Splanchnic oxygen saturation during reoxygenation with 21% or 100% O-2 in newborn piglets

Baukje M. Dotinga*, Ronnaug Solberg, Ola D. Saugstad, Arend F. Bos, Elisabeth M. W. Kooi

*Bijbehorende auteur voor dit werk

OnderzoeksoutputAcademicpeer review

Samenvatting

Background

Increasing evidence recognizes the harm of excess oxygen to lungs, eyes, and brain of preterm infants, but not yet to the intestine. We assessed changes in splanchnic oxygenation during reoxygenation with 21% compared to 100% O-2 in a newborn piglet model of perinatal asphyxia.

Methods

We randomized 25 piglets to control or intervention. Intervention groups underwent global hypoxia until acidosis and hypotension occurred. Piglets were reoxygenated for 30 min with 21% or 100% O-2 and observed for 9 h. We continuously measured regional splanchnic oxygen saturation (r(s)SO(2)) using near-infrared spectroscopy (NIRS). We calculated mean r(s)SO(2) and r(s)CoVar (as SD/mean). We measured PaO2 and SaO(2), sampled from the right carotid artery.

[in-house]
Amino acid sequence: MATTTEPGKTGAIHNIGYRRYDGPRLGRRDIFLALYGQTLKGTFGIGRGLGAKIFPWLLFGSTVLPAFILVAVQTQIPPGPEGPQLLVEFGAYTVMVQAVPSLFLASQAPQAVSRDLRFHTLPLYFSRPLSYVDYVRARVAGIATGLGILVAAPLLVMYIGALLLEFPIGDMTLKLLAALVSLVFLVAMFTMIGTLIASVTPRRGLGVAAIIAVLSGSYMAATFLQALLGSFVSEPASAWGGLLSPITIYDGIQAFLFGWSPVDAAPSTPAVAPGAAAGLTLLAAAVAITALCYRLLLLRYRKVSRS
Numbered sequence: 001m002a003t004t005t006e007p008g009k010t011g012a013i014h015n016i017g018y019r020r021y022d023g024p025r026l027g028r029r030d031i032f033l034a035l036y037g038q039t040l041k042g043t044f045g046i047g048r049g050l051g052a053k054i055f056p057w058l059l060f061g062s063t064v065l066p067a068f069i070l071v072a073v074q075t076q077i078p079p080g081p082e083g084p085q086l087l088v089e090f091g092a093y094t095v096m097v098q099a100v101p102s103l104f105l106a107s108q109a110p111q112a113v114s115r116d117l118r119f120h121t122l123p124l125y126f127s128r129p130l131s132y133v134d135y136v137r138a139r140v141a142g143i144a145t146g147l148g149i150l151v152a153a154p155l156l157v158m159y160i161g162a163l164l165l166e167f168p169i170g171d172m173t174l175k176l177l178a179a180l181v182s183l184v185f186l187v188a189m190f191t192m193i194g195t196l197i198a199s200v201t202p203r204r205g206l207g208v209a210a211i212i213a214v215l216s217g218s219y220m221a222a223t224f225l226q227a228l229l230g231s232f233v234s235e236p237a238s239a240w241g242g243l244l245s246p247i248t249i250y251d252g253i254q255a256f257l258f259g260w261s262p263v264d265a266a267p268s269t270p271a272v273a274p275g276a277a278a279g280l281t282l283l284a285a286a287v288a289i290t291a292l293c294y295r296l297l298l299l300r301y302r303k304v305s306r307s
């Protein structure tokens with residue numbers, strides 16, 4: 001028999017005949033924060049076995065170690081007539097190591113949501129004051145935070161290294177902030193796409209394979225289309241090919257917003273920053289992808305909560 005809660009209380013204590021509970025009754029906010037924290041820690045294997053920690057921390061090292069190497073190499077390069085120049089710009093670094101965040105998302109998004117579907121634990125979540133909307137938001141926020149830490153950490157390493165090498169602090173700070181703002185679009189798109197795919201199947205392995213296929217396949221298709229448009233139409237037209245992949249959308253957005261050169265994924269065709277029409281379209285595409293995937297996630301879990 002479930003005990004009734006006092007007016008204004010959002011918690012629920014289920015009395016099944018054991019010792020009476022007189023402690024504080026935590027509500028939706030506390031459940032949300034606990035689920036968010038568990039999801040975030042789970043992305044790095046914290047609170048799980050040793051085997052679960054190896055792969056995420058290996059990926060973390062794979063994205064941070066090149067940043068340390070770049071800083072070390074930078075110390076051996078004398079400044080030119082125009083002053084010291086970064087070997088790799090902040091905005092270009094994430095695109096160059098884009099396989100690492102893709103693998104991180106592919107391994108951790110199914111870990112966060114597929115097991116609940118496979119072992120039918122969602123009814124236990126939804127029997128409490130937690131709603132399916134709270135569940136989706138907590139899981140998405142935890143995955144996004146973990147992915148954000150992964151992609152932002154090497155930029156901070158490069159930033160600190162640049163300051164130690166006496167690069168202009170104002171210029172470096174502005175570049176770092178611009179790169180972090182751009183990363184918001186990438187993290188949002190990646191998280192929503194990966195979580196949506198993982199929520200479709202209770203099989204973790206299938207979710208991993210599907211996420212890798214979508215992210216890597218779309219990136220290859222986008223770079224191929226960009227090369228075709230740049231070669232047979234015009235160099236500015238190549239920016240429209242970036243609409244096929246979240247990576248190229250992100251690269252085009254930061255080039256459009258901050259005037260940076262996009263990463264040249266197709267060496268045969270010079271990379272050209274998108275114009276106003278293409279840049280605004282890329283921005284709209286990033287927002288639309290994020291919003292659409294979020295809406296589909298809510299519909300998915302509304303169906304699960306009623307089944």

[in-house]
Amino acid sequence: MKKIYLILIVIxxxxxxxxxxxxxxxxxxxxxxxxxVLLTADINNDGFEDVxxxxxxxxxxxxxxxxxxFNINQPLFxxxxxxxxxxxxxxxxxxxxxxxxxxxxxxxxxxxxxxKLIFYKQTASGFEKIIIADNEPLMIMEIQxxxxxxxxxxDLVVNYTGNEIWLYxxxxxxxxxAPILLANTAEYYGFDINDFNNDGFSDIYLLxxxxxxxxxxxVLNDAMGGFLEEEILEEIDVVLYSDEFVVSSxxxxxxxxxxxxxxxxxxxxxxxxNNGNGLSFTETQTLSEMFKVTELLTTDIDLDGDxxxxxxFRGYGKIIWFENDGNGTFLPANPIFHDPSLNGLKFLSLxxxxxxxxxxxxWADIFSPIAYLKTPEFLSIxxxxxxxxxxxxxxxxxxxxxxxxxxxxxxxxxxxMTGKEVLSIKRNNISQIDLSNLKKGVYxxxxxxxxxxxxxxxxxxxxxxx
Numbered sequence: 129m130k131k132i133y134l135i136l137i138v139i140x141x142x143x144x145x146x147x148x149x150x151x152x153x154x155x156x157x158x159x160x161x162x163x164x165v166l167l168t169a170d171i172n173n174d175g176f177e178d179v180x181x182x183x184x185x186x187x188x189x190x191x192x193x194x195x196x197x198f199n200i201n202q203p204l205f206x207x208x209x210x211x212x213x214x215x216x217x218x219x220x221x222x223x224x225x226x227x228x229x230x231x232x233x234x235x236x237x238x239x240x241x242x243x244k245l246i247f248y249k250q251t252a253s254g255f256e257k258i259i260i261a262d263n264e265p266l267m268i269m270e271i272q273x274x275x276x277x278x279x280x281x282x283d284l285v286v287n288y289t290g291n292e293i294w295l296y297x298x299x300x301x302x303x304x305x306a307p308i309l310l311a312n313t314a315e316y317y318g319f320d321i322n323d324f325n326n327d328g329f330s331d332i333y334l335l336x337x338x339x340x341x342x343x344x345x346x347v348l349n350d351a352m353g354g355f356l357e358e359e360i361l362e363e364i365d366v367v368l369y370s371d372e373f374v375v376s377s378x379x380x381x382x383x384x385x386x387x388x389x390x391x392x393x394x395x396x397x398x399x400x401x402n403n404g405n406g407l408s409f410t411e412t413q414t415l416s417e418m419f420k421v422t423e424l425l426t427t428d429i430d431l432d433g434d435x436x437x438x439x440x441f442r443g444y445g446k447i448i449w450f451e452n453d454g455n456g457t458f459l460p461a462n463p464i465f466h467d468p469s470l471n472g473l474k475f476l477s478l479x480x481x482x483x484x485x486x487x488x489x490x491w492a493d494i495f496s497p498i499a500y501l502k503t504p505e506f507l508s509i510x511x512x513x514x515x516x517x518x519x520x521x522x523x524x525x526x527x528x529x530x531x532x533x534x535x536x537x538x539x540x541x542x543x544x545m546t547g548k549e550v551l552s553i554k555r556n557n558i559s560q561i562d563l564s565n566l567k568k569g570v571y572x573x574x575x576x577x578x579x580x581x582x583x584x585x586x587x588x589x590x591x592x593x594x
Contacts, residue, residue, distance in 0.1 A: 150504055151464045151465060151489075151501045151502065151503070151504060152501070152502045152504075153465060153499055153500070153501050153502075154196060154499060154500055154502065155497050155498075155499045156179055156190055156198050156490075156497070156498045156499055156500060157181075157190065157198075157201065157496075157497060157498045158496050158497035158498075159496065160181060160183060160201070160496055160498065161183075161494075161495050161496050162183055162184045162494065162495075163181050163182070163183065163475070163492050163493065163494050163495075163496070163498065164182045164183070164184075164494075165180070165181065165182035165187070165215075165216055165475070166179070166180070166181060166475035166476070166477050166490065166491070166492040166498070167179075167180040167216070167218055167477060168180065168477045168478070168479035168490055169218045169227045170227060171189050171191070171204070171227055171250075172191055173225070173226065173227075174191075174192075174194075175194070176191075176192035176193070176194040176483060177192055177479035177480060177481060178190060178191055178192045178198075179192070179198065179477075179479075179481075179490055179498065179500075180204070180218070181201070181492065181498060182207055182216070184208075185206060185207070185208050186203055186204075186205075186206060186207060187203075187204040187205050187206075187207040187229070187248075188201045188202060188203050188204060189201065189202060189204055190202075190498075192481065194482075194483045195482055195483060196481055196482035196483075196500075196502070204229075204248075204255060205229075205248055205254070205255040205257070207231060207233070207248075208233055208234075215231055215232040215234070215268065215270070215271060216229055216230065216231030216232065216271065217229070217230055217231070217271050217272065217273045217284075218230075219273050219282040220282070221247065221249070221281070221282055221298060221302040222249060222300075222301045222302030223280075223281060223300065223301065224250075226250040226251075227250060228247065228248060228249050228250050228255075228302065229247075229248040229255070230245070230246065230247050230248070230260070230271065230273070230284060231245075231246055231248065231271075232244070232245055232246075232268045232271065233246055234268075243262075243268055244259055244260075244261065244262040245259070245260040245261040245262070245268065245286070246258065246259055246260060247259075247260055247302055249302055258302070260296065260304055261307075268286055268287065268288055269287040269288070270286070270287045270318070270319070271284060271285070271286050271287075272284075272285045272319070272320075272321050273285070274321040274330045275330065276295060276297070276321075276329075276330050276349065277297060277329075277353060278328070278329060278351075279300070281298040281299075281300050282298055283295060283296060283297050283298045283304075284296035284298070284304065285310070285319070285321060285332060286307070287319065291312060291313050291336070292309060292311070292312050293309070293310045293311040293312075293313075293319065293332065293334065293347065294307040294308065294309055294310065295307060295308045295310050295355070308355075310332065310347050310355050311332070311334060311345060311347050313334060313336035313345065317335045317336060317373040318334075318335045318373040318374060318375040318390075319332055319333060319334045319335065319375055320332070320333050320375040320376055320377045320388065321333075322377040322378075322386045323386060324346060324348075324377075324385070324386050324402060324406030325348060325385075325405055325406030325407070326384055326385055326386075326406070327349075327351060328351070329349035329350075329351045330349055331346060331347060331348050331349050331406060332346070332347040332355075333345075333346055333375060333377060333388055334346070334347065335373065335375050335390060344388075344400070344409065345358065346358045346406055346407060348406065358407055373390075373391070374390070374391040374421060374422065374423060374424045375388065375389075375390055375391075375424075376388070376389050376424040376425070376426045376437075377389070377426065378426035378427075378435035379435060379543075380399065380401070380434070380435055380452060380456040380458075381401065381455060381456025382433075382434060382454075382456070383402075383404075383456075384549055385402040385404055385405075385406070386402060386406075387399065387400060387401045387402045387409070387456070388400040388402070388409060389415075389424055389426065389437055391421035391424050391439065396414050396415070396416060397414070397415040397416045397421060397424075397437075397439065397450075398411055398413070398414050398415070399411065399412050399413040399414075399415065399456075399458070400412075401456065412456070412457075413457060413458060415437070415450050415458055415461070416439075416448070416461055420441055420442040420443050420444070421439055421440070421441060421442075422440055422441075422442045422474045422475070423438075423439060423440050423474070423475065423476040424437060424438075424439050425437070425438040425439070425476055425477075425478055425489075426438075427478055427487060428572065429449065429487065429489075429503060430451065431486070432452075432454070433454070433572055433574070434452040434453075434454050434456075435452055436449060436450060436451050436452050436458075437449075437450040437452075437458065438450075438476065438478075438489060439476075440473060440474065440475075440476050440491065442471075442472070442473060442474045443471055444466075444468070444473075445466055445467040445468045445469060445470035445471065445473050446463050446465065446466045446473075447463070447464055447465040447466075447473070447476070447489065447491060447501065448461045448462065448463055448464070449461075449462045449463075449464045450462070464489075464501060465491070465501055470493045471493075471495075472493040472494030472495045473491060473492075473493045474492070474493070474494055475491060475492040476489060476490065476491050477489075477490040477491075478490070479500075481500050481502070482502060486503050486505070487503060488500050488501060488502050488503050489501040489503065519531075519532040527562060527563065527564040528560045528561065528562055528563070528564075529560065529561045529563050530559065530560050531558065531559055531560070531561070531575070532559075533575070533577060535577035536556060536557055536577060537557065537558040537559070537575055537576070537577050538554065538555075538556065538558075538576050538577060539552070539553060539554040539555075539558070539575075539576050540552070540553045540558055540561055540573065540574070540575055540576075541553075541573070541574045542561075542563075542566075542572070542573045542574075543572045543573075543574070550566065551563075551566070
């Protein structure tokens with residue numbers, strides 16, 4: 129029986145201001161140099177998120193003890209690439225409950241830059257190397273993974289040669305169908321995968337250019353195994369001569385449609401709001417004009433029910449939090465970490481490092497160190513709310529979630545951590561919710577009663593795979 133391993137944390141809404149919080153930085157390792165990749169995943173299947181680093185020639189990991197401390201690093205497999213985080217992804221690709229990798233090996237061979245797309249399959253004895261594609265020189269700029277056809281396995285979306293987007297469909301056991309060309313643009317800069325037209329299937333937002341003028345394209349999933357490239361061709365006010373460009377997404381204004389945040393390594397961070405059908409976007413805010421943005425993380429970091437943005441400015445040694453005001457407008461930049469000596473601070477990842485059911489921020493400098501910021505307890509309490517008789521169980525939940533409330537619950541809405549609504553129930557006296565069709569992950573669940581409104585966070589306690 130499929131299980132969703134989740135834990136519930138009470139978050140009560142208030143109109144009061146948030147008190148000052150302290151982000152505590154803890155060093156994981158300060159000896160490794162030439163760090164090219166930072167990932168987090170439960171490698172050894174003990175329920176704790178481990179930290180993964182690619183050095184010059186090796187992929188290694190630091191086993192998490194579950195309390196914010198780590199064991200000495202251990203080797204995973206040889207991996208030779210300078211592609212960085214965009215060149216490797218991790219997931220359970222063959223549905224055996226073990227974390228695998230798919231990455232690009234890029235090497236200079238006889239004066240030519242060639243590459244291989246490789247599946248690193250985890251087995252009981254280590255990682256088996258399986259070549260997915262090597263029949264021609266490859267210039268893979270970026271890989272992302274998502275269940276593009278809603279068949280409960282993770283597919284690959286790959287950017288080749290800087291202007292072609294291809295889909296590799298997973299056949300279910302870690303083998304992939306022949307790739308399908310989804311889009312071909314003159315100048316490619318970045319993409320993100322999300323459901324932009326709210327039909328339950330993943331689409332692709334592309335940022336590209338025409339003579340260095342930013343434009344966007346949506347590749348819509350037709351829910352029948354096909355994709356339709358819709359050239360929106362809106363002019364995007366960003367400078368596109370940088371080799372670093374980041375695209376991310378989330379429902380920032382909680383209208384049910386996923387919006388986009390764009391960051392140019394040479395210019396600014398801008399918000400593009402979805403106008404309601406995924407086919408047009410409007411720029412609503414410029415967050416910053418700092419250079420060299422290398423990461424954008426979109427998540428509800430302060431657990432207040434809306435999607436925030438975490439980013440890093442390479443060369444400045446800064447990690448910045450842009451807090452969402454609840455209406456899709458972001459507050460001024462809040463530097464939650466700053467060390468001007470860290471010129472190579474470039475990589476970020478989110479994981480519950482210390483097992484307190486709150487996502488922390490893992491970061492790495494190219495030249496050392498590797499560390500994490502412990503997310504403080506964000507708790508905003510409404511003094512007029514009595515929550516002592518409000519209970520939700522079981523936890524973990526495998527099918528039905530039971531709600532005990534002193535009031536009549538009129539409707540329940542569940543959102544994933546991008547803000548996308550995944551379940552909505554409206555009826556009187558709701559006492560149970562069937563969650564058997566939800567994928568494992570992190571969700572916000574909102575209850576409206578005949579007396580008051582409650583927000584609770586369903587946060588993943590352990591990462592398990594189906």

Results

Reoxygenation after global hypoxia restored r(s)SO(2). Reoxygenation with 100% O-2 increased r(s)SO(2) to values significantly higher than baseline. In intervention groups, r(s)CoVar decreased during observation compared to baseline. We found a correlation between r(s)SO(2) and PaO2 (r = 0.420, P < 0.001) and between r(s)SO(2) and SaO(2) (r = 0.648, P < 0.001) in pooled data from the entire experiment.

Conclusion

Reoxygenation after global hypoxia improves splanchnic oxygenation, but is associated with reduced variability of r(s)SO(2). Reoxygenation with 100% O-2 exposes the intestine to hyperoxia. Splanchnic NIRS is able to detect intestinal hypoxia and hyperoxia.

Impact

Splanchnic oxygenation improves during reoxygenation after global hypoxia, though reoxygenation with 100% O2 exposes the intestine to hyperoxia. Decreased variability of splanchnic oxygenation several hours after hypoxia and reoxygenation seems to be independent of the resuscitation strategy, and may indicate intestinal injury. Splanchnic NIRS monitoring was able to detect intestinal hypoxia and exposure to hyperoxia, as evidenced by a strong correlation between splanchnic oxygenation and arterial oxygen content.

Originele taal-2English
Aantal pagina's8
TijdschriftPediatric Research
DOI's
StatusE-pub ahead of print - 1-nov-2021

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